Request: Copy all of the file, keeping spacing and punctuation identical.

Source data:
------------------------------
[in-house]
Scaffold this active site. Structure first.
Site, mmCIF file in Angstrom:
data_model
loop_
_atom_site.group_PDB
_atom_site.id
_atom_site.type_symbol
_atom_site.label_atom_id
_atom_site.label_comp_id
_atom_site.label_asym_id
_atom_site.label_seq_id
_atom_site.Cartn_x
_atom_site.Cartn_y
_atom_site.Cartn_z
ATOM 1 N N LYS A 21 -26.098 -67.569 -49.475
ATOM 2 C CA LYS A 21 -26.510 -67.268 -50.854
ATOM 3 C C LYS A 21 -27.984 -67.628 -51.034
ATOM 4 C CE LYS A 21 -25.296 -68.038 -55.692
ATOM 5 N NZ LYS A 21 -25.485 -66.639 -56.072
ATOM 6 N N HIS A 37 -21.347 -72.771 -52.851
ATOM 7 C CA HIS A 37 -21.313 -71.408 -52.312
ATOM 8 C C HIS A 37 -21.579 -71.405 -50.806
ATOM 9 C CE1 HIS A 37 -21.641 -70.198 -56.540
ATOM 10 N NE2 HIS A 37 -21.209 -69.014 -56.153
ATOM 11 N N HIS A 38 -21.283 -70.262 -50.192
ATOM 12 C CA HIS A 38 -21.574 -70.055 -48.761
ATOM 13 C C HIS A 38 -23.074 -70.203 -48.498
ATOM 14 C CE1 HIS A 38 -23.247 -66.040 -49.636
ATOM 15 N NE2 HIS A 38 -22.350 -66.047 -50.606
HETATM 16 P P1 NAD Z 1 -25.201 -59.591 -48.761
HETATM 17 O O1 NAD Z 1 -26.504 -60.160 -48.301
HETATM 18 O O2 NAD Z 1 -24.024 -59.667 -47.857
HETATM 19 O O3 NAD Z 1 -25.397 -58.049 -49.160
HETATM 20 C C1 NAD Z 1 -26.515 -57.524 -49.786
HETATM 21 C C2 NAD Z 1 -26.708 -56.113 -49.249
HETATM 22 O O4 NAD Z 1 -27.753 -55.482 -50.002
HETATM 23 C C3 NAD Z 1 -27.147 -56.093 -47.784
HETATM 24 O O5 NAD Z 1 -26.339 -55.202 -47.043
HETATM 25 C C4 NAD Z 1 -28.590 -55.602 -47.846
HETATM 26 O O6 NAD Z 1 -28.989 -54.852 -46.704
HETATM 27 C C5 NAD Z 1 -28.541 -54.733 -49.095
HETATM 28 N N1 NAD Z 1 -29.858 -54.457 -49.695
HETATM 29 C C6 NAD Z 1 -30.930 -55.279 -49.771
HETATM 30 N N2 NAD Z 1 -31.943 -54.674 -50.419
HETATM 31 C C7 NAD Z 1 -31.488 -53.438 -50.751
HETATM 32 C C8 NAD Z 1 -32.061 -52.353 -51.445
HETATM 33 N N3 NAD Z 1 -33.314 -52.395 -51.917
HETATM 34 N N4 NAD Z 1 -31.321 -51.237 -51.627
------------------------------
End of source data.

[in-house]
Scaffold this active site. Structure first.
Site, mmCIF file in Angstrom:
data_model
loop_
_atom_site.group_PDB
_atom_site.id
_atom_site.type_symbol
_atom_site.label_atom_id
_atom_site.label_comp_id
_atom_site.label_asym_id
_atom_site.label_seq_id
_atom_site.Cartn_x
_atom_site.Cartn_y
_atom_site.Cartn_z
ATOM 1 N N LYS A 21 -26.098 -67.569 -49.475
ATOM 2 C CA LYS A 21 -26.510 -67.268 -50.854
ATOM 3 C C LYS A 21 -27.984 -67.628 -51.034
ATOM 4 C CE LYS A 21 -25.296 -68.038 -55.692
ATOM 5 N NZ LYS A 21 -25.485 -66.639 -56.072
ATOM 6 N N HIS A 37 -21.347 -72.771 -52.851
ATOM 7 C CA HIS A 37 -21.313 -71.408 -52.312
ATOM 8 C C HIS A 37 -21.579 -71.405 -50.806
ATOM 9 C CE1 HIS A 37 -21.641 -70.198 -56.540
ATOM 10 N NE2 HIS A 37 -21.209 -69.014 -56.153
ATOM 11 N N HIS A 38 -21.283 -70.262 -50.192
ATOM 12 C CA HIS A 38 -21.574 -70.055 -48.761
ATOM 13 C C HIS A 38 -23.074 -70.203 -48.498
ATOM 14 C CE1 HIS A 38 -23.247 -66.040 -49.636
ATOM 15 N NE2 HIS A 38 -22.350 -66.047 -50.606
HETATM 16 P P1 NAD Z 1 -25.201 -59.591 -48.761
HETATM 17 O O1 NAD Z 1 -26.504 -60.160 -48.301
HETATM 18 O O2 NAD Z 1 -24.024 -59.667 -47.857
HETATM 19 O O3 NAD Z 1 -25.397 -58.049 -49.160
HETATM 20 C C1 NAD Z 1 -26.515 -57.524 -49.786
HETATM 21 C C2 NAD Z 1 -26.708 -56.113 -49.249
HETATM 22 O O4 NAD Z 1 -27.753 -55.482 -50.002
HETATM 23 C C3 NAD Z 1 -27.147 -56.093 -47.784
HETATM 24 O O5 NAD Z 1 -26.339 -55.202 -47.043
HETATM 25 C C4 NAD Z 1 -28.590 -55.602 -47.846
HETATM 26 O O6 NAD Z 1 -28.989 -54.852 -46.704
HETATM 27 C C5 NAD Z 1 -28.541 -54.733 -49.095
HETATM 28 N N1 NAD Z 1 -29.858 -54.457 -49.695
HETATM 29 C C6 NAD Z 1 -30.930 -55.279 -49.771
HETATM 30 N N2 NAD Z 1 -31.943 -54.674 -50.419
HETATM 31 C C7 NAD Z 1 -31.488 -53.438 -50.751
HETATM 32 C C8 NAD Z 1 -32.061 -52.353 -51.445
HETATM 33 N N3 NAD Z 1 -33.314 -52.395 -51.917
HETATM 34 N N4 NAD Z 1 -31.321 -51.237 -51.627